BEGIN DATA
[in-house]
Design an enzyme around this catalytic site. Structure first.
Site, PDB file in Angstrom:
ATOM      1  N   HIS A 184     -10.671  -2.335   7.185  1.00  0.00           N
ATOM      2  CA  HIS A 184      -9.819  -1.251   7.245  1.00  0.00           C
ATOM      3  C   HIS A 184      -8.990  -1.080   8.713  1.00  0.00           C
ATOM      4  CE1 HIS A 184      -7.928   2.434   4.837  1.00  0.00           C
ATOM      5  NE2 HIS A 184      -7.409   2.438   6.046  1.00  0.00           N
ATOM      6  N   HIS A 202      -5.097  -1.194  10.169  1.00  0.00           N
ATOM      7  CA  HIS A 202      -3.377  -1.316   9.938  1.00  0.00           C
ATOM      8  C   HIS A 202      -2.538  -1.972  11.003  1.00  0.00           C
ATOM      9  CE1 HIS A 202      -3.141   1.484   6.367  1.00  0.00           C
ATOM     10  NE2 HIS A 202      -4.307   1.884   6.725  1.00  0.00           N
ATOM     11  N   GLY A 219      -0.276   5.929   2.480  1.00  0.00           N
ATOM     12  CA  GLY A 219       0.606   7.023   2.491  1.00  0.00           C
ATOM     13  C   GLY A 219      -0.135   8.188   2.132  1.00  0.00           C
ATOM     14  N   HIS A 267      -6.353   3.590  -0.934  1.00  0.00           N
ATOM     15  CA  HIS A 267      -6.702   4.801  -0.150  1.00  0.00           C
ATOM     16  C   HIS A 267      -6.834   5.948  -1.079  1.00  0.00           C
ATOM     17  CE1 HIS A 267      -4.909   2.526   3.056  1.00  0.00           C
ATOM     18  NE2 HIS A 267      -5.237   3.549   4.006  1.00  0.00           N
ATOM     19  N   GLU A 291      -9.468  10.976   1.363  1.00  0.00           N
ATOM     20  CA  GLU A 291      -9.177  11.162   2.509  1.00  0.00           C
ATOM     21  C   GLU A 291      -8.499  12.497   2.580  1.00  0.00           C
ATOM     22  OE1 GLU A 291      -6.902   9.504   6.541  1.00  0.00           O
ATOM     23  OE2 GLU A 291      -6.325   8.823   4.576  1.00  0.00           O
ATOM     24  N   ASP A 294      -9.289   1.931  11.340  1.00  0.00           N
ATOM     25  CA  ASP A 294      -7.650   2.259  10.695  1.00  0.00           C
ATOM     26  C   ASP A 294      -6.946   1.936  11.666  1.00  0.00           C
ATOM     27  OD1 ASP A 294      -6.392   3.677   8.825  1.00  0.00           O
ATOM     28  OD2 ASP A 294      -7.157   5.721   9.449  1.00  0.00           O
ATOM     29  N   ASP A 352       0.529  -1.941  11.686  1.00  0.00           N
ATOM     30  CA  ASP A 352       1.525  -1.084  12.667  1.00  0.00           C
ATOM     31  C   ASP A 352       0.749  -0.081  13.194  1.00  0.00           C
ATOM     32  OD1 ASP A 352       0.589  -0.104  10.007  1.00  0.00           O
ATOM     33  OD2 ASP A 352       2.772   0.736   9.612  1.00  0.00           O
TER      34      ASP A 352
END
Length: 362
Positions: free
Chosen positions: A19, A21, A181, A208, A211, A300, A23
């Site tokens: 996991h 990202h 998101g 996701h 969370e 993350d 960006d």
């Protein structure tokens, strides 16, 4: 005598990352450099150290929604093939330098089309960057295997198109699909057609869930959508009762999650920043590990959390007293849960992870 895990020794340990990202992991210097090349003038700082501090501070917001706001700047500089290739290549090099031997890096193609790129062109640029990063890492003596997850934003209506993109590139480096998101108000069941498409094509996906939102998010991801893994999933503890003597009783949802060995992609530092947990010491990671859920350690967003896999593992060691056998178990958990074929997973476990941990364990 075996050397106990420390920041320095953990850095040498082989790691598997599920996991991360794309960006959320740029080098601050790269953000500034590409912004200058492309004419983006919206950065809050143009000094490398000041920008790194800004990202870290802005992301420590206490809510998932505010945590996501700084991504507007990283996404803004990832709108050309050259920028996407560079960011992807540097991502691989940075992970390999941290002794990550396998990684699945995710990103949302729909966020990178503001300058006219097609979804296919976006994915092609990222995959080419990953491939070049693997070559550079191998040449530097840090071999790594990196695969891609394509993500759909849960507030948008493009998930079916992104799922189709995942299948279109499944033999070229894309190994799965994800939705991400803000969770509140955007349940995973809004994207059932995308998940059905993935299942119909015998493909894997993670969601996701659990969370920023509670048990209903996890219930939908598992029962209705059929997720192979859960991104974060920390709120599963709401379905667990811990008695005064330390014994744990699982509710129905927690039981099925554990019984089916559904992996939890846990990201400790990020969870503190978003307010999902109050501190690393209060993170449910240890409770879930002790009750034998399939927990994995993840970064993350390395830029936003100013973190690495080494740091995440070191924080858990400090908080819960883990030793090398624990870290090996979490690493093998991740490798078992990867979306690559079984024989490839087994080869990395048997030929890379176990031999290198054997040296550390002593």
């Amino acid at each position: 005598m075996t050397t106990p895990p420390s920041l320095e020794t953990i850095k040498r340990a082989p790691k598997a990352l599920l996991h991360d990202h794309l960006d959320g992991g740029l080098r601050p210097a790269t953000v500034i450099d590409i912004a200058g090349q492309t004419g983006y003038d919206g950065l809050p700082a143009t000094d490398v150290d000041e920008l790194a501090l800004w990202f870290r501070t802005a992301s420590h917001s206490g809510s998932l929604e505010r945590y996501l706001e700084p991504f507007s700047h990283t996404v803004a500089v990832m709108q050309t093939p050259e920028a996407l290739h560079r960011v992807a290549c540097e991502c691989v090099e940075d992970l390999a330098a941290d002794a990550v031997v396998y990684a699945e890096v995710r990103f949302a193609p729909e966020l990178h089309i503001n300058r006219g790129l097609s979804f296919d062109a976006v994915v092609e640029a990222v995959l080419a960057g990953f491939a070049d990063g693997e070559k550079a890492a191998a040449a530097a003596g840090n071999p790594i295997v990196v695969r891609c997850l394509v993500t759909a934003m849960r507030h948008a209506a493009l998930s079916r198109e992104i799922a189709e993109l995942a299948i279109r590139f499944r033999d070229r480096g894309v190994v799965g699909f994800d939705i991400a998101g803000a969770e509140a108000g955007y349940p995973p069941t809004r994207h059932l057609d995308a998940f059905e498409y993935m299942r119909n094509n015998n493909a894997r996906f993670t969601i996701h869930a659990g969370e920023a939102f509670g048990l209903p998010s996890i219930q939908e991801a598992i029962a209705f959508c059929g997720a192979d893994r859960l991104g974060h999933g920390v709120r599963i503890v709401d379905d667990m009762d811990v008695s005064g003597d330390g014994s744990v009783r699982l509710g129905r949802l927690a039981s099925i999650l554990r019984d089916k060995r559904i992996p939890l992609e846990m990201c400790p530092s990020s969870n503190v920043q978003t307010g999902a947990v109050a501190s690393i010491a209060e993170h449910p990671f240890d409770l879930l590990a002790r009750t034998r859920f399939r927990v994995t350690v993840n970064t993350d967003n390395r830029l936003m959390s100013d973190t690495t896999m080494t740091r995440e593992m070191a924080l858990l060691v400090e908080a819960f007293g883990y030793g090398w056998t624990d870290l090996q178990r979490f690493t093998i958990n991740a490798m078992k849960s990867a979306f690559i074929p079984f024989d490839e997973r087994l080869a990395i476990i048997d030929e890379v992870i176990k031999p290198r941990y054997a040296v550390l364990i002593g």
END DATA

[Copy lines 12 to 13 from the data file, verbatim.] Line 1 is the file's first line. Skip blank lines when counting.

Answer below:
ATOM      9  CE1 HIS A 202      -3.141   1.484   6.367  1.00  0.00           C
ATOM     10  NE2 HIS A 202      -4.307   1.884   6.725  1.00  0.00           N